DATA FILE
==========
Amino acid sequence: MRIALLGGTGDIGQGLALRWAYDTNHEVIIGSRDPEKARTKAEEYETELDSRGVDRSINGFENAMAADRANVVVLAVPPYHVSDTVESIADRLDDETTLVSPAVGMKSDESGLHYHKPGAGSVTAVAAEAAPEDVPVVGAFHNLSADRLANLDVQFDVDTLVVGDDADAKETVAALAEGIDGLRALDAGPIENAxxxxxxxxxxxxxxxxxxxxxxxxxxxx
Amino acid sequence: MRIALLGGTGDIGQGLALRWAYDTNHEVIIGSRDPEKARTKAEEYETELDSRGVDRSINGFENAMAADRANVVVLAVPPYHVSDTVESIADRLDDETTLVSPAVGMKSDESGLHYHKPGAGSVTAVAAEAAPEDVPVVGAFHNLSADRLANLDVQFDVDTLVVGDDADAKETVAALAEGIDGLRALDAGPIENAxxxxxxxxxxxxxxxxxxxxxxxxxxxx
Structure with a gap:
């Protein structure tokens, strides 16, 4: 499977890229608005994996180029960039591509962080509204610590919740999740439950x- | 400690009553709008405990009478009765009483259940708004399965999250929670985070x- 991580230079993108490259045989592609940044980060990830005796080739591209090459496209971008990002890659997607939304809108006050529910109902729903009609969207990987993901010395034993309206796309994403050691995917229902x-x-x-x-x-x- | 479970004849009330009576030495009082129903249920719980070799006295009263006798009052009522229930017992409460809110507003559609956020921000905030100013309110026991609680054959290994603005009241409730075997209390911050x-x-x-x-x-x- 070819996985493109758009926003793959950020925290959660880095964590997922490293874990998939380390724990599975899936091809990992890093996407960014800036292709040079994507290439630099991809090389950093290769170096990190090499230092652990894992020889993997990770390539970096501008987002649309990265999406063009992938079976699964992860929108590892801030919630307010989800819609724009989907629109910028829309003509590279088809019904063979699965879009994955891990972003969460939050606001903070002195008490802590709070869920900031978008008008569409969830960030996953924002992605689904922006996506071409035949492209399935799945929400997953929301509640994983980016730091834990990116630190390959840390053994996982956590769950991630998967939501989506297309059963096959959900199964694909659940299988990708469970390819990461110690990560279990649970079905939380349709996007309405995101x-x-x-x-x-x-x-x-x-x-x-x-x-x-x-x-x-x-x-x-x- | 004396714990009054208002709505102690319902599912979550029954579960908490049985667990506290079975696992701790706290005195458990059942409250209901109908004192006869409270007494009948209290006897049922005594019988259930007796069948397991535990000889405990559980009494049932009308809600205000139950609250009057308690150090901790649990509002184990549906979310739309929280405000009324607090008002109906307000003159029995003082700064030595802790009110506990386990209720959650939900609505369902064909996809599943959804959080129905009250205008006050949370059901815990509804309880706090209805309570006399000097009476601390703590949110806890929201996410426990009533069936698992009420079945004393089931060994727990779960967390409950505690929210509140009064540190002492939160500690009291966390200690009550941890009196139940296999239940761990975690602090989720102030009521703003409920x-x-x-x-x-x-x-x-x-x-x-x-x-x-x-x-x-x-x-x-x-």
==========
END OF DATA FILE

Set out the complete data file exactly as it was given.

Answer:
Amino acid sequence: MRIALLGGTGDIGQGLALRWAYDTNHEVIIGSRDPEKARTKAEEYETELDSRGVDRSINGFENAMAADRANVVVLAVPPYHVSDTVESIADRLDDETTLVSPAVGMKSDESGLHYHKPGAGSVTAVAAEAAPEDVPVVGAFHNLSADRLANLDVQFDVDTLVVGDDADAKETVAALAEGIDGLRALDAGPIENAxxxxxxxxxxxxxxxxxxxxxxxxxxxx
Amino acid sequence: MRIALLGGTGDIGQGLALRWAYDTNHEVIIGSRDPEKARTKAEEYETELDSRGVDRSINGFENAMAADRANVVVLAVPPYHVSDTVESIADRLDDETTLVSPAVGMKSDESGLHYHKPGAGSVTAVAAEAAPEDVPVVGAFHNLSADRLANLDVQFDVDTLVVGDDADAKETVAALAEGIDGLRALDAGPIENAxxxxxxxxxxxxxxxxxxxxxxxxxxxx
Structure with a gap:
């Protein structure tokens, strides 16, 4: 499977890229608005994996180029960039591509962080509204610590919740999740439950x- | 400690009553709008405990009478009765009483259940708004399965999250929670985070x- 991580230079993108490259045989592609940044980060990830005796080739591209090459496209971008990002890659997607939304809108006050529910109902729903009609969207990987993901010395034993309206796309994403050691995917229902x-x-x-x-x-x- | 479970004849009330009576030495009082129903249920719980070799006295009263006798009052009522229930017992409460809110507003559609956020921000905030100013309110026991609680054959290994603005009241409730075997209390911050x-x-x-x-x-x- 070819996985493109758009926003793959950020925290959660880095964590997922490293874990998939380390724990599975899936091809990992890093996407960014800036292709040079994507290439630099991809090389950093290769170096990190090499230092652990894992020889993997990770390539970096501008987002649309990265999406063009992938079976699964992860929108590892801030919630307010989800819609724009989907629109910028829309003509590279088809019904063979699965879009994955891990972003969460939050606001903070002195008490802590709070869920900031978008008008569409969830960030996953924002992605689904922006996506071409035949492209399935799945929400997953929301509640994983980016730091834990990116630190390959840390053994996982956590769950991630998967939501989506297309059963096959959900199964694909659940299988990708469970390819990461110690990560279990649970079905939380349709996007309405995101x-x-x-x-x-x-x-x-x-x-x-x-x-x-x-x-x-x-x-x-x- | 004396714990009054208002709505102690319902599912979550029954579960908490049985667990506290079975696992701790706290005195458990059942409250209901109908004192006869409270007494009948209290006897049922005594019988259930007796069948397991535990000889405990559980009494049932009308809600205000139950609250009057308690150090901790649990509002184990549906979310739309929280405000009324607090008002109906307000003159029995003082700064030595802790009110506990386990209720959650939900609505369902064909996809599943959804959080129905009250205008006050949370059901815990509804309880706090209805309570006399000097009476601390703590949110806890929201996410426990009533069936698992009420079945004393089931060994727990779960967390409950505690929210509140009064540190002492939160500690009291966390200690009550941890009196139940296999239940761990975690602090989720102030009521703003409920x-x-x-x-x-x-x-x-x-x-x-x-x-x-x-x-x-x-x-x-x-």